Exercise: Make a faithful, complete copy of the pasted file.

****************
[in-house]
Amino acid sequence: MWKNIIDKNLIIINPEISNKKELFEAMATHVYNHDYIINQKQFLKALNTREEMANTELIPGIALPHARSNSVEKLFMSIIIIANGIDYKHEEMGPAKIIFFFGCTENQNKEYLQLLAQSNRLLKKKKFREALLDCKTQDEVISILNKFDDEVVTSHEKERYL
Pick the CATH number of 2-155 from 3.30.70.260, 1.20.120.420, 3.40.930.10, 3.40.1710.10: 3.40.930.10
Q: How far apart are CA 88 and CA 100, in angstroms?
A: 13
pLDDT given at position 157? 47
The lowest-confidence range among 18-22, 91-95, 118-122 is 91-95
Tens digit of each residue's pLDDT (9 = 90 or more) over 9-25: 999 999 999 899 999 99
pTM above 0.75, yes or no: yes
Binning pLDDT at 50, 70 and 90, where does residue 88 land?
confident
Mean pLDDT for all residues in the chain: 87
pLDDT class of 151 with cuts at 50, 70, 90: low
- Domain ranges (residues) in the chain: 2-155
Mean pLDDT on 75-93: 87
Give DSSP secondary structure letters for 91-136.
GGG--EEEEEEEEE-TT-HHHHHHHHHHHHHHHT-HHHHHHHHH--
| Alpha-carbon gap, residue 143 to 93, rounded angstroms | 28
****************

[in-house]
Amino acid sequence: MWKNIIDKNLIIINPEISNKKELFEAMATHVYNHDYIINQKQFLKALNTREEMANTELIPGIALPHARSNSVEKLFMSIIIIANGIDYKHEEMGPAKIIFFFGCTENQNKEYLQLLAQSNRLLKKKKFREALLDCKTQDEVISILNKFDDEVVTSHEKERYL
Pick the CATH number of 2-155 from 3.30.70.260, 1.20.120.420, 3.40.930.10, 3.40.1710.10: 3.40.930.10
Q: How far apart are CA 88 and CA 100, in angstroms?
A: 13
pLDDT given at position 157? 47
The lowest-confidence range among 18-22, 91-95, 118-122 is 91-95
Tens digit of each residue's pLDDT (9 = 90 or more) over 9-25: 999 999 999 899 999 99
pTM above 0.75, yes or no: yes
Binning pLDDT at 50, 70 and 90, where does residue 88 land?
confident
Mean pLDDT for all residues in the chain: 87
pLDDT class of 151 with cuts at 50, 70, 90: low
- Domain ranges (residues) in the chain: 2-155
Mean pLDDT on 75-93: 87
Give DSSP secondary structure letters for 91-136.
GGG--EEEEEEEEE-TT-HHHHHHHHHHHHHHHT-HHHHHHHHH--
| Alpha-carbon gap, residue 143 to 93, rounded angstroms | 28